// the argument that nobody will win

In today’s edition of The Times, Matthew Parris applauds Joseph Butler’s intellectual courage for stating that “the most persuasive pointer to the existence of a deity lay in the structure and the inclination of his own mind” (i would post a link, but it’s behind the Times paywall, sadly). Parris, incidentally, disagrees with Butler’s idea that simply because we have an instinct for God, He exists – after all, we have an instinct for war, for hunting, for food when we are already surfeited and sex when we are already overpopulated. But in spite of that, he commends Butler for not running away, for simply standing his ground.

I see why, too. Because i am tired of trying to play this game to win, and i suspect i am not alone in that. I want to speak with integrity, as best i can, but the debate that faces me when i try to talk about these things often feels like i have told a friend that i am in love with a girl, and he has told me in return that i am stupid for doing so, because life is more convenient on my own. And yes, he might argue, you get some benefits, like companionship, or understanding, or if you make it to marriage, a commitment that this person will stick with you – but you lose the ability to make your own, unencumbered decisions. Life becomes more awkward. You have to live differently and act differently and think about something that isn’t always in your most obvious self-interest. In the end, he may say, i am acting only to please myself. I need love, or its consequences at least, and so my brain, either through evolutionary necessity or social conditioning, has convinced itself that this is the best way to get it.

My friend’s comments leave me with a problem. I still love the girl. And so even though his comments may cause me to doubt my own thought processes or to question the value of love or even what i am hoping to get from this, consciously or subconsciously, that doesn’t change the place that i have got to. Even in light of these factors, even in an awareness of what has happened in my brain to bring me to this point, it is still possible for me to be in love. So my friend can try as much as he likes to convince me of the failure or even cruelty of my point of view, but unless he can convince me otherwise or provide me with a better option for getting what i need, my reason for loving (whatever that is) still stands.

I know that with God it is different, because the concept of God means that i am relying on something that is necessarily indefineable and who is in my case invisible, but i believe in Him for a reason, whatever that reason is (i can try, but that’s a topic for another day). So even though it is possible to see the arguments against God, that doesn’t change the fact that i have still responded to the needs and inclinations that are inside me and chosen to believe as a result. Maybe if you showed me a satisfactory way to find what i need elsewhere i would be willing to change, but i have looked, and i have not found it yet.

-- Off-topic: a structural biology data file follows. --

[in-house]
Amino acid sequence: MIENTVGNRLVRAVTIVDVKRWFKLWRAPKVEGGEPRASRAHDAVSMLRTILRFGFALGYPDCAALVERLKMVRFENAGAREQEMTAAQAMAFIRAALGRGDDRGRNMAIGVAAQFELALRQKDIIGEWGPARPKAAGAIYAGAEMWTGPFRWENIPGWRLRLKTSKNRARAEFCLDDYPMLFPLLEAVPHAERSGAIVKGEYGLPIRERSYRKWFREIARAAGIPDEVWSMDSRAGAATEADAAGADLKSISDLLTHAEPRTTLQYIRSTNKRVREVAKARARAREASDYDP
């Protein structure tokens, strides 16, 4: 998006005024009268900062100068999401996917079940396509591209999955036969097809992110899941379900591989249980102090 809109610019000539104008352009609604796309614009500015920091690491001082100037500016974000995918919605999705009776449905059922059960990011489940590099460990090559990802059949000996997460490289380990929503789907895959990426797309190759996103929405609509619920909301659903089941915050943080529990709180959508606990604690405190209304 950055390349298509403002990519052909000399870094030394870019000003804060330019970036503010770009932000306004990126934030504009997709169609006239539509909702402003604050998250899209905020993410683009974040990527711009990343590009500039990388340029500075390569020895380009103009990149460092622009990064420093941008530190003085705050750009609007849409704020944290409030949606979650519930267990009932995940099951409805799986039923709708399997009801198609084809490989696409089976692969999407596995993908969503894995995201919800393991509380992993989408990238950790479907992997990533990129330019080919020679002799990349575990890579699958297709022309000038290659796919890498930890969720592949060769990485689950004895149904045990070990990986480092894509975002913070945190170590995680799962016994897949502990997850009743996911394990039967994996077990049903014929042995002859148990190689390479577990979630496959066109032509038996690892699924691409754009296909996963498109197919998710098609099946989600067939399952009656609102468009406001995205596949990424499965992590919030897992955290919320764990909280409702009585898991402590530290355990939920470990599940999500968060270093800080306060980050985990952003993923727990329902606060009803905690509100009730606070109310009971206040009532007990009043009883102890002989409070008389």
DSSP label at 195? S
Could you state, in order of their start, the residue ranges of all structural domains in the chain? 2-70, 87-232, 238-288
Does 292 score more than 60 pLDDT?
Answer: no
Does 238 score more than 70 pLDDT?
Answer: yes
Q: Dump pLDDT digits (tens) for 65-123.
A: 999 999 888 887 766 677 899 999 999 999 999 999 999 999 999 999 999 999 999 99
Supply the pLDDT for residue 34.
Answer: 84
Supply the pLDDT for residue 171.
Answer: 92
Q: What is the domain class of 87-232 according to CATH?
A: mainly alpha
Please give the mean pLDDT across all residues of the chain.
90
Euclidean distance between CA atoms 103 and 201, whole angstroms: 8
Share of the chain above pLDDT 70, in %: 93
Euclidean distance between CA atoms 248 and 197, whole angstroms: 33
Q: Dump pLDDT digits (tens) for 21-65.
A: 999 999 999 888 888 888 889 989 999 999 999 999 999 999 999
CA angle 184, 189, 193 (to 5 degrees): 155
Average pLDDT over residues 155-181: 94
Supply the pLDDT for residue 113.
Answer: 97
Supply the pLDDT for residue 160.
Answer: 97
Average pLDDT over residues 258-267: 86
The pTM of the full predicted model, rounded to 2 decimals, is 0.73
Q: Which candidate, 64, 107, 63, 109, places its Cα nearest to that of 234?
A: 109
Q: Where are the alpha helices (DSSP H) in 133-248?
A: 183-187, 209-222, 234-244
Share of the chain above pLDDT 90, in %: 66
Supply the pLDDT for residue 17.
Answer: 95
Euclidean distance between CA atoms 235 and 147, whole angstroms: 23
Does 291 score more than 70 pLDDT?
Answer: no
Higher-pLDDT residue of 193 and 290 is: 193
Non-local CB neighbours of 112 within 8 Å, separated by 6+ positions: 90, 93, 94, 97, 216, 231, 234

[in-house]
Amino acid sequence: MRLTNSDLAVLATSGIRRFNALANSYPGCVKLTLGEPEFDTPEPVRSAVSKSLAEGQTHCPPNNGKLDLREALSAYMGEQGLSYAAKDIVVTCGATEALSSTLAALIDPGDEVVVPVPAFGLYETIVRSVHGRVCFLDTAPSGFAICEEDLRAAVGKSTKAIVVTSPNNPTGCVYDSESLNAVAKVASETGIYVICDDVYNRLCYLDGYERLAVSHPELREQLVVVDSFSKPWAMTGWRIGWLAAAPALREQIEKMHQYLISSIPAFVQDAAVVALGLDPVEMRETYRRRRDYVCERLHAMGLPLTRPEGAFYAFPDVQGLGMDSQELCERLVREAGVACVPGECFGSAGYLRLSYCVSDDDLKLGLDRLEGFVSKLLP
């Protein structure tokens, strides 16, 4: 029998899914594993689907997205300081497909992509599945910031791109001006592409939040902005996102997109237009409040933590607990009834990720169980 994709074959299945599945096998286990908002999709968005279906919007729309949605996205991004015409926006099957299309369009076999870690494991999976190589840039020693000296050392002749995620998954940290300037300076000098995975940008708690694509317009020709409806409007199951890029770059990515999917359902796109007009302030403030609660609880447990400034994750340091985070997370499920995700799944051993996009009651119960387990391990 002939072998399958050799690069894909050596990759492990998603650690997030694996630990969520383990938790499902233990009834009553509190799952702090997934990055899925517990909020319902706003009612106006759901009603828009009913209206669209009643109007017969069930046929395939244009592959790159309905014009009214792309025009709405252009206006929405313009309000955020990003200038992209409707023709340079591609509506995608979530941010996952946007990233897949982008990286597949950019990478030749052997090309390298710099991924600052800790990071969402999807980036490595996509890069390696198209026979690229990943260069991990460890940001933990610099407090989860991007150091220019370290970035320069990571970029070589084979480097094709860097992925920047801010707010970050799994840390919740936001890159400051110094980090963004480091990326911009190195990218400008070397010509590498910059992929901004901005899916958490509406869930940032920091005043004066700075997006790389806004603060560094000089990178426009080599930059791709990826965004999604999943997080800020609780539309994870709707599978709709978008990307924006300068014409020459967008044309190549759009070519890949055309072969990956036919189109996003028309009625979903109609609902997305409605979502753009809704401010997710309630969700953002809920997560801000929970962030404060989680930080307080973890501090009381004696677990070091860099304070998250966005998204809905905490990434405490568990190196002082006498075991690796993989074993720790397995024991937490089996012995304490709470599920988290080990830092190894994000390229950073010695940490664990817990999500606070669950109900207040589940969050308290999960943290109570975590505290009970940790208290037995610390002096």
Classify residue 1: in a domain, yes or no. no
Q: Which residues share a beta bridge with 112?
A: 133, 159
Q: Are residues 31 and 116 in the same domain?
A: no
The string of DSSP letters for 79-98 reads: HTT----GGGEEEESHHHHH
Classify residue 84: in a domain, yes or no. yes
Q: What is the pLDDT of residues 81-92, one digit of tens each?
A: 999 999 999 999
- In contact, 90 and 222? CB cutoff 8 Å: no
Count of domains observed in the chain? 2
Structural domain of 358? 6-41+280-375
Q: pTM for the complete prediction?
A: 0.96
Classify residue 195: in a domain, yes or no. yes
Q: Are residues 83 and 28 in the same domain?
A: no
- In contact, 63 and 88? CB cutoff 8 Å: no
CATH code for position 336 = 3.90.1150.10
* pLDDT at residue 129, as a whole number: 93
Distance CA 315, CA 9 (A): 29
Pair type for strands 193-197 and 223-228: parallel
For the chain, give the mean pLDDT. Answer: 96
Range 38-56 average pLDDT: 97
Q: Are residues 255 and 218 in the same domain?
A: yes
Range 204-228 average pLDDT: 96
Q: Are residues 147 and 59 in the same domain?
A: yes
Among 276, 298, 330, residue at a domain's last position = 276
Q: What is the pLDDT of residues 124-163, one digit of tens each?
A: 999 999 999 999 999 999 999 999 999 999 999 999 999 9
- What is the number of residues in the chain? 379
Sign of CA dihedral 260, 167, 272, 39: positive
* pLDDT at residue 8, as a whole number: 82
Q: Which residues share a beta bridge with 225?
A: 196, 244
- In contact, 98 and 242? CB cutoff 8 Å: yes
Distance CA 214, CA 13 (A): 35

I hope this classes as intellectual honesty. I am aware that there are desires within me; a desire for peace, both internal and external, a desire for purpose, a desire for a redemption that is both personal and global, a desire for wonder, and many others. In my experience, that points to a need for someone who can provide those things, and for me it is God who has met those needs. This is either intellectual courage or it is intellectual cowardice, but it is what i have got, and being honest about it doesn’t reduce the truth of God’s action if He does act or make me willfully delusional, it just acknowledges that this is an argument that nobody is really going to win. That’s because it’s not really an argument at all.

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  • Comments (2)
    • Rob Hampson
    • September 4th, 2010

    Many branches of philosophy claim absolute truth doesn’t exist, Christianity claims that even though there is sufficient evidence for faith, only the one true God can show you the truth and initiate the belief.

    Summary: Agreed 😉

    • elizabeth grattan
    • September 21st, 2010

    I would challenge the notion that a person has an “instinct” for god.

    The concept of supernatural perhaps… but mostly it is indoctrination from birth. When the world moves away from putting a god in a gap, we’ll find humans no longer indoctrinate their young with the concept.

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